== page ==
Most revealing, however, is that the South Carolina school simulated 1930s Germany when teaching the Jim Crow South would have been a more powerful lesson. Removing the problem of discrimination to another place (and frankly another time) obscures the United States’ large history of dehumanization, discrimination, and infliction of terror. To be fair, I am sure there are valid reasons in choosing 1930s Germany, among them the fact that I doubt parents would be alright with the activity if it had been Jim Crow South that was being “simulated,” even though the activity would have proceeded in essentially the same way.

Reenacting war

I am sure there are plenty of good groups of upstanding citizens reenacting battles for good and educational reasons, but reenactments of war are the most common example of reenactments and provide the richest example of bad reenactments.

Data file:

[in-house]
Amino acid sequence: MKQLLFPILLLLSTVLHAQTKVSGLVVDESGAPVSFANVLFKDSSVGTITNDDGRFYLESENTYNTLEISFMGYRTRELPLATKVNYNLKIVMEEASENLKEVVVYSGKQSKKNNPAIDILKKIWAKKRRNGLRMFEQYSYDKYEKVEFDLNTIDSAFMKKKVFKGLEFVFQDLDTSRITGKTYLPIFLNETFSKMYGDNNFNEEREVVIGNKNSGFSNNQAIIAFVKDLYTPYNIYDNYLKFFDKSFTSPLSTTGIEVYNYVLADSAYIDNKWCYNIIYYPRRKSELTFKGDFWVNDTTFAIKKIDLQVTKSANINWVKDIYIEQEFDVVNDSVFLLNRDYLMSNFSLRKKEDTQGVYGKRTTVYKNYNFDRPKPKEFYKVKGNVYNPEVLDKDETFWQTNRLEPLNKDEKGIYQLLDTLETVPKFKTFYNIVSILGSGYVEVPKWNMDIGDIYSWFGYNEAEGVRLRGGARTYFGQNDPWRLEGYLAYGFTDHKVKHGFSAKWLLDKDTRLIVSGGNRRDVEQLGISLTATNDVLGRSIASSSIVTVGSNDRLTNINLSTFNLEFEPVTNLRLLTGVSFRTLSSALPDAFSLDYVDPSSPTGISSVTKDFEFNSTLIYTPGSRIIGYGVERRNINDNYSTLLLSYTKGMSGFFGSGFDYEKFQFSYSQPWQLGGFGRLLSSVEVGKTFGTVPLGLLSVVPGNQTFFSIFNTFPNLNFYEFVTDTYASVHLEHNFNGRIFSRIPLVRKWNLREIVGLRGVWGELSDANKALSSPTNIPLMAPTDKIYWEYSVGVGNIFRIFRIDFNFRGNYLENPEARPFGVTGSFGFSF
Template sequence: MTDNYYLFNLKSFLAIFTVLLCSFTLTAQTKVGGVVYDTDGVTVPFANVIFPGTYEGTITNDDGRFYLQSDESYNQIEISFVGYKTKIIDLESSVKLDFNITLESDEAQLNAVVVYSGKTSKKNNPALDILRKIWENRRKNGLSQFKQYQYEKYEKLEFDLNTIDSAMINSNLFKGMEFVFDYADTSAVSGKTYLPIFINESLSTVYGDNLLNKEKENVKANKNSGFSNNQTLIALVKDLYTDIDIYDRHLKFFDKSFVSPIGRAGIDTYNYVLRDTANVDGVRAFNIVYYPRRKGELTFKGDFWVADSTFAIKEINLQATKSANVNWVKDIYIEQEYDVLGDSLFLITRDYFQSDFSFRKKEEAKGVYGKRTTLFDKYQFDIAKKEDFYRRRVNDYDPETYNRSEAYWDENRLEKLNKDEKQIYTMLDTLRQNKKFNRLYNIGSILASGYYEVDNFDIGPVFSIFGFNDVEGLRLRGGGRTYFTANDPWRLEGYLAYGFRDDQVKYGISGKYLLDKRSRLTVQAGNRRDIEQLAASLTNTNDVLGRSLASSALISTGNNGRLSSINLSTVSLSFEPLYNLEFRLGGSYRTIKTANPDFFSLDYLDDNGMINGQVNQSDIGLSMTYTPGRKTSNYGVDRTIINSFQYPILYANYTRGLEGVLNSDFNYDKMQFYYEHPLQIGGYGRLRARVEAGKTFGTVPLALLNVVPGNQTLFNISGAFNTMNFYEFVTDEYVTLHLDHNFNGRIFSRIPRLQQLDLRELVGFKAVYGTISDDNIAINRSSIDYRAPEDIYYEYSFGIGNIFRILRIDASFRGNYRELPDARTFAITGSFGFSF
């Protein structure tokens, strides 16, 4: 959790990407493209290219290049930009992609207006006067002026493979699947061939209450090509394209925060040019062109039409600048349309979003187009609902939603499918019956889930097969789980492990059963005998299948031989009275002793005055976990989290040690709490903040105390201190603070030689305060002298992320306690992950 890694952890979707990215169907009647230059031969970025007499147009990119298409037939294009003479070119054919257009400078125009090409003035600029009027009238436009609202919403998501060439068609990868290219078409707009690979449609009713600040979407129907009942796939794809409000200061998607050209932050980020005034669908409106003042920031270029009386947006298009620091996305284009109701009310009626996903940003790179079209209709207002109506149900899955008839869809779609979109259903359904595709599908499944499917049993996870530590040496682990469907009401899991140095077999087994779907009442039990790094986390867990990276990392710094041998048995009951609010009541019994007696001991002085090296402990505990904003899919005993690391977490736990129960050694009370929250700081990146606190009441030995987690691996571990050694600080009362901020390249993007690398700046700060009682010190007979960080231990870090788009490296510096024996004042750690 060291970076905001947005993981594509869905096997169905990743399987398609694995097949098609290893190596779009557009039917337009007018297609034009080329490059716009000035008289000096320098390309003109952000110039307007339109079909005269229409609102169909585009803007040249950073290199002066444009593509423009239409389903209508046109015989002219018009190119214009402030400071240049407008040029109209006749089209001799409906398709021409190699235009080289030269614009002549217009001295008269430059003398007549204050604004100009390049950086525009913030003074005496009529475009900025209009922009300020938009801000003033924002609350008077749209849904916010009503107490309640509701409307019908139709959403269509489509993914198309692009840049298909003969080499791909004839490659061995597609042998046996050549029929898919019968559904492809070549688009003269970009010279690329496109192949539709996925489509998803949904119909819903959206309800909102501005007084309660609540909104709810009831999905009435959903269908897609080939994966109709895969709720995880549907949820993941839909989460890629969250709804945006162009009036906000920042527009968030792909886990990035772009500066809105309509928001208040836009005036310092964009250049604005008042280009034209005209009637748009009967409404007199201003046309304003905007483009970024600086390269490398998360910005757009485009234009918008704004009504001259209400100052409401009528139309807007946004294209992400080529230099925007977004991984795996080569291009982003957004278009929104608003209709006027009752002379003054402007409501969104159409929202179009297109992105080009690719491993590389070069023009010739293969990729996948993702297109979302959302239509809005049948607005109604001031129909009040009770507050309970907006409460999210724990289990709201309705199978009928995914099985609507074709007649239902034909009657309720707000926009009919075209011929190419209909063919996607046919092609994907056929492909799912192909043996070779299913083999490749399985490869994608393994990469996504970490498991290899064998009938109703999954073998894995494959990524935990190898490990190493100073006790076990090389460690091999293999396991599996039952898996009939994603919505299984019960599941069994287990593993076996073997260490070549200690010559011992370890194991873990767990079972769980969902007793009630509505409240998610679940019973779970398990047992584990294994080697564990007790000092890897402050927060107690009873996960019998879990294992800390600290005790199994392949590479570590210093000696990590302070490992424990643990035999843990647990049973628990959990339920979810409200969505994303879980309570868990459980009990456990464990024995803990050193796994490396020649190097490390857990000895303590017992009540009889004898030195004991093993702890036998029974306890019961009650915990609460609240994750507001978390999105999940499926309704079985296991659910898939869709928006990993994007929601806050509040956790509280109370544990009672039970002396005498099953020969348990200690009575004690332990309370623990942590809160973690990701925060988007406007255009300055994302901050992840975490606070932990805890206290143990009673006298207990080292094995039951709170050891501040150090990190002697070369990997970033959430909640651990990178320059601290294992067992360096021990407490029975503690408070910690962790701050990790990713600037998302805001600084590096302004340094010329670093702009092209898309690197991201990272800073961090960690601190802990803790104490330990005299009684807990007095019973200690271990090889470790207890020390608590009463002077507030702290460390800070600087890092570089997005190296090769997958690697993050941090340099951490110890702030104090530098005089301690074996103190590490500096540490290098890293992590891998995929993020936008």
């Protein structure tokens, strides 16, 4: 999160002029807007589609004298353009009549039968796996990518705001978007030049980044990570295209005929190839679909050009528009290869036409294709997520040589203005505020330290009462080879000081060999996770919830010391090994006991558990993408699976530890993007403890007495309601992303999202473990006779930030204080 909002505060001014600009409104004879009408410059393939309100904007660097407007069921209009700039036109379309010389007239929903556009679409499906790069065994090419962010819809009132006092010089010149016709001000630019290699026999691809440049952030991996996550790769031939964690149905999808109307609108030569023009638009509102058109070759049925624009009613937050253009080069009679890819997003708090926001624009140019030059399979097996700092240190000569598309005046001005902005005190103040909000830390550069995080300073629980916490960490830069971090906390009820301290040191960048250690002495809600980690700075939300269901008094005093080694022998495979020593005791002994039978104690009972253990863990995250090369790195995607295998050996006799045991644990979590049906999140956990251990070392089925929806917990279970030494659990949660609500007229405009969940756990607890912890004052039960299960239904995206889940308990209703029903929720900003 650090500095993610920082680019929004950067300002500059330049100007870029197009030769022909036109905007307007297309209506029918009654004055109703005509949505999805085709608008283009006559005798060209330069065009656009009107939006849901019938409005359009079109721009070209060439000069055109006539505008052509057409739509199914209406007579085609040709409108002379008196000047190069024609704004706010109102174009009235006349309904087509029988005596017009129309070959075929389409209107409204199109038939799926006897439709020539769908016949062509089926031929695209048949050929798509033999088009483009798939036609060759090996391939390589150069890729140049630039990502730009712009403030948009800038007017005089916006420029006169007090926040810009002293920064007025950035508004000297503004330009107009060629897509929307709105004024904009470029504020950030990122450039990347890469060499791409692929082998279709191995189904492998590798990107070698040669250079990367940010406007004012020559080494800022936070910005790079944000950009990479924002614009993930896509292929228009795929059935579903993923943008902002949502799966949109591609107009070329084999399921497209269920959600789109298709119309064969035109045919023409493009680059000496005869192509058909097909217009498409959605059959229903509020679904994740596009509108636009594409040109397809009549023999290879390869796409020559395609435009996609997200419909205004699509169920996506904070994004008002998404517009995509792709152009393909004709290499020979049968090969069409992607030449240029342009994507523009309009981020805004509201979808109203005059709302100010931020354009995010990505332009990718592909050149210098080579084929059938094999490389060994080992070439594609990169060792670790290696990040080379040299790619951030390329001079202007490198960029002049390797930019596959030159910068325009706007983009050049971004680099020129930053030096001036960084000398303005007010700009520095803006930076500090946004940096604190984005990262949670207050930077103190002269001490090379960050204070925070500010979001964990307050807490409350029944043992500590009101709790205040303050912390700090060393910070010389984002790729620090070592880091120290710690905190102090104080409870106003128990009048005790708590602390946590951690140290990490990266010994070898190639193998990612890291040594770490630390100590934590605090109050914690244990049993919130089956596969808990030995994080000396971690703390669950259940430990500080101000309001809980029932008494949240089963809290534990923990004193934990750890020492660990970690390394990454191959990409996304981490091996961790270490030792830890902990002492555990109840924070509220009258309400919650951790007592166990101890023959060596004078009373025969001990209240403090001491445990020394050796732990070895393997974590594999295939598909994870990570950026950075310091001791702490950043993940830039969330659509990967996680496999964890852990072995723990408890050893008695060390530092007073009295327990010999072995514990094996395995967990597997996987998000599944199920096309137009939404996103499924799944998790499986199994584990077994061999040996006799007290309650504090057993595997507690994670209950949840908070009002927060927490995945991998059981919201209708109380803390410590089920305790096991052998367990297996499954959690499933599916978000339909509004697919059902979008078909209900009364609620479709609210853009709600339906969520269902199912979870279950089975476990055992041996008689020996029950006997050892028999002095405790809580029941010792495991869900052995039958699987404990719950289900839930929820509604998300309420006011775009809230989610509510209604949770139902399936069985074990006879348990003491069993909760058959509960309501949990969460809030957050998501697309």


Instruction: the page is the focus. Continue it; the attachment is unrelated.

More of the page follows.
The details battle reenactors often cherish (uniforms, guns, supplies) are better suited in reenacting the everyday, not an extraordinary circumstance that is primarily about killing, maiming, and other not-so-nice intentions. Too many of these groups are not educational, but only concerned with guns and clothing, as if that wearing the same clothes and carry the same items some how replicates the experience of war (I’ve never been in war, but I would imagine some sort of fearing for your life is included in the experience). Instead of accurately representing much of anything, too many of these groups obscure large issues behind war (like imprisoning or killing people based on race), which only disservices society (and its history).

My rant being somewhat complete, commemorating war is still a very common phenomenon in countries across the globe, but how some of these groups commemorate war only butchers history. I will point you towards this group of Italian reenactors of a Louisiana infantry division, partly just because I found it so strange–The group’s homepage asks you if you want the Italian version of the site (with an Italian flag) or the English (with a Confederate flag)